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Thursday, 25 June 2009
Page: 4292

Senator ARBIB (Minister for Employment Participation and Minister Assisting the Prime Minister for Government Service Delivery) (11:39 AM) —I table the revised explanatory memorandum relating to the bill and I move:

That this bill be now read a second time.

I seek leave to have the second reading speech incorporated in Hansard.

Leave granted.

The speech read as follows—

This Bill creates the position of Coordinator-General for Remote Indigenous Services to drive the implementation of the Council of Australian Governments’ (COAG) reforms across a range of areas including service delivery, employment and housing.

In late November 2008, COAG signed a National Partnership Agreement on Remote Service Delivery, which will change the way governments invest in remote areas, providing coordinated, concentrated and accelerated development across all levels of government.

The new model for remote service delivery will initially concentrate resources in priority locations across Australia.

The benchmark will be progressively to deliver in communities or townships facilities and services comparable with that in non-Indigenous communities of similar size, location and need elsewhere in Australia.

Government investment will be prioritised and coordinated to ensure each priority location has the infrastructure and services that support and sustain healthy social norms so people can reach their potential and communities can thrive.

As the backlogs are addressed and locations brought up to comparable standards, the approach will be extended to other remote communities.

Reporting directly to the Minister for Families, Housing, Community Services and Indigenous Affairs, the Coordinator-General will work closely with Commonwealth, State and Territory governments to ensure real improvements for Indigenous Australians against COAG’s Closing the Gap targets in remote locations specified by the Minister.

The bill allows the Minister to specify communities that are either remote or very remote and where a significant proportion of the population is Indigenous.

The position has been established to address the practical problems associated with designing, sequencing and rolling-out a myriad of programs in remote communities.

The Coordinator-General will ensure that the delivery of all government programs in the specified remote communities is coordinated between governments instead of being planned and delivered in isolation.

The Coordinator-General will remove bureaucratic blockages and ensure commitments by government agencies are delivered on time by monitoring requirements under the National Partnership Agreement on Remote Service Delivery and other COAG reforms, assessing progress and advising government where there are gaps, slow progress, or where improvements need to be made.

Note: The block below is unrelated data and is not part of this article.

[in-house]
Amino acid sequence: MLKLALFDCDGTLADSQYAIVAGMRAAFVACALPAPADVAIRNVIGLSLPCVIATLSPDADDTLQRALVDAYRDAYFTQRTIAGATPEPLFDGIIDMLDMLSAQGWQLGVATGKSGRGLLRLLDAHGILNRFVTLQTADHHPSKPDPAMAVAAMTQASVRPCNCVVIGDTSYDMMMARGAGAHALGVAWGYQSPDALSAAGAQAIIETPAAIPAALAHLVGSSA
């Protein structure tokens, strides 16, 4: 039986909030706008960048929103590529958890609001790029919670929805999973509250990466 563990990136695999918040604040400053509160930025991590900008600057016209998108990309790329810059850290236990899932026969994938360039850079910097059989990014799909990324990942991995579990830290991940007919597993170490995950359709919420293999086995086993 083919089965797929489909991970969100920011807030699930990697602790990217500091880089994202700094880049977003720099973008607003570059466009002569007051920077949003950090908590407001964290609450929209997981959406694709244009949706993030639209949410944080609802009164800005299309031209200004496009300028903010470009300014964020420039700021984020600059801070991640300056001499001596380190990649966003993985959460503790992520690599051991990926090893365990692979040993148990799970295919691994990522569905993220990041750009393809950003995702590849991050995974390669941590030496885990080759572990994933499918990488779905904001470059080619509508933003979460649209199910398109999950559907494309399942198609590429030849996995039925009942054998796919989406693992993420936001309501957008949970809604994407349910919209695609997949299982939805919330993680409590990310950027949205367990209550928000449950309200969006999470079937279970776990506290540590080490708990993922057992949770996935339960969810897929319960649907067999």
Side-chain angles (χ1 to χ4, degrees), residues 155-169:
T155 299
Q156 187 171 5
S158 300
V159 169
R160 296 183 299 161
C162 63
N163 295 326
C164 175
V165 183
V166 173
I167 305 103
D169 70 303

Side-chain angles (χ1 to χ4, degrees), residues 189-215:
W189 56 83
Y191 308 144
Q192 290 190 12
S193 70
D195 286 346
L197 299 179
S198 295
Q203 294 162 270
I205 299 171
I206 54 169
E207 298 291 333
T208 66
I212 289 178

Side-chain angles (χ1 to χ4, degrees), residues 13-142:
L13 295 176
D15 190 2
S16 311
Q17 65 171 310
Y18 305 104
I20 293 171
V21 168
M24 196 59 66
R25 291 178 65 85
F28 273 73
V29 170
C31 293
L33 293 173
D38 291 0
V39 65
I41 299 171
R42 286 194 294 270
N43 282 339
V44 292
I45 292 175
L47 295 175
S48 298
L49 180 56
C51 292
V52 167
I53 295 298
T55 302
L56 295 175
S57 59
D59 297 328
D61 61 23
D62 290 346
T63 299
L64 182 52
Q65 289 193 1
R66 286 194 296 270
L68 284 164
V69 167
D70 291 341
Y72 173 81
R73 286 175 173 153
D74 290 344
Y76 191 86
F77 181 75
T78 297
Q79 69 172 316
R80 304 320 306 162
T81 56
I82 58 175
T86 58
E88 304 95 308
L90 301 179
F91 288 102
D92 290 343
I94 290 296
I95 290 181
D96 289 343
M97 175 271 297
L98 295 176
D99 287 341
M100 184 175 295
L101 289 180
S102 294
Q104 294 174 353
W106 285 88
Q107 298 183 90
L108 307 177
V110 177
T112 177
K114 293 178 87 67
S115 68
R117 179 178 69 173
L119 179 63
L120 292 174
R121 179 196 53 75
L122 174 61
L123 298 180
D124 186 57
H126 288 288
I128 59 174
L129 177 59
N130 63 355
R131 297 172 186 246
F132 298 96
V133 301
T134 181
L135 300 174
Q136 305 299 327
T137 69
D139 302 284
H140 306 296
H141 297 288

The Coordinator-General will also oversee planning and strategic investment in communities and provide agencies with guidance on good practice.

The Coordinator-General will meet regularly with National and State/Territory officials who will be identified as coordinators by individual government agencies or jurisdictions.

The Coordinator-General will provide information to agencies on obstacles within their areas of responsibility and advise the Minister and COAG on the need for systemic changes.

Some of the problems may be addressed through better systems and cooperation by agencies, while others will require policy responses which require Ministerial involvement.

The Coordinator-General’s approach will be to work with other parties collaboratively.

The Coordinator-General will provide regular reports to the Minister on the progress made by all Commonwealth, State and Territory agencies.

However, when there is an issue requiring urgent remedy, this bill will give the Coordinator-General the powers:

  • to require people to provide information and or documents;
  • to require people to attend meetings; and
  • to request assistance from Commonwealth, State and Territory agencies.

If the Coordinator-General fails to receive an adequate response from an agency official, this bill allows for the matter to be reported to the head of the relevant Commonwealth, State or Territory agency.

If the Coordinator-General is not satisfied with the response from the head of the agency, the Coordinator-General may report the matter to the Minister and also the Prime Minister if necessary.

This bill also requires the Coordinator-General to report to the Minister twice each year, or as otherwise required, on the development and delivery of remote services since the last report, and on the progress that has been made in achieving the Closing the Gap targets within the specified remote localities.

The bill outlines the administrative provisions about the appointment of the Coordinator-General including their appointment, acting arrangements, remuneration and leave, and resignation or termination of appointment.

The bill also makes provision for the Coordinator-General to arrange with the Secretary for the Department of Families, Housing, Community Services and Indigenous Affairs for the services of APS employees from the Department to be made available.

The establishment of this office is long overdue.  It is supported by all Australian governments through COAG, to ensure government commitments in remote Indigenous communities are met.

Debate (on motion by Senator Arbib) adjourned.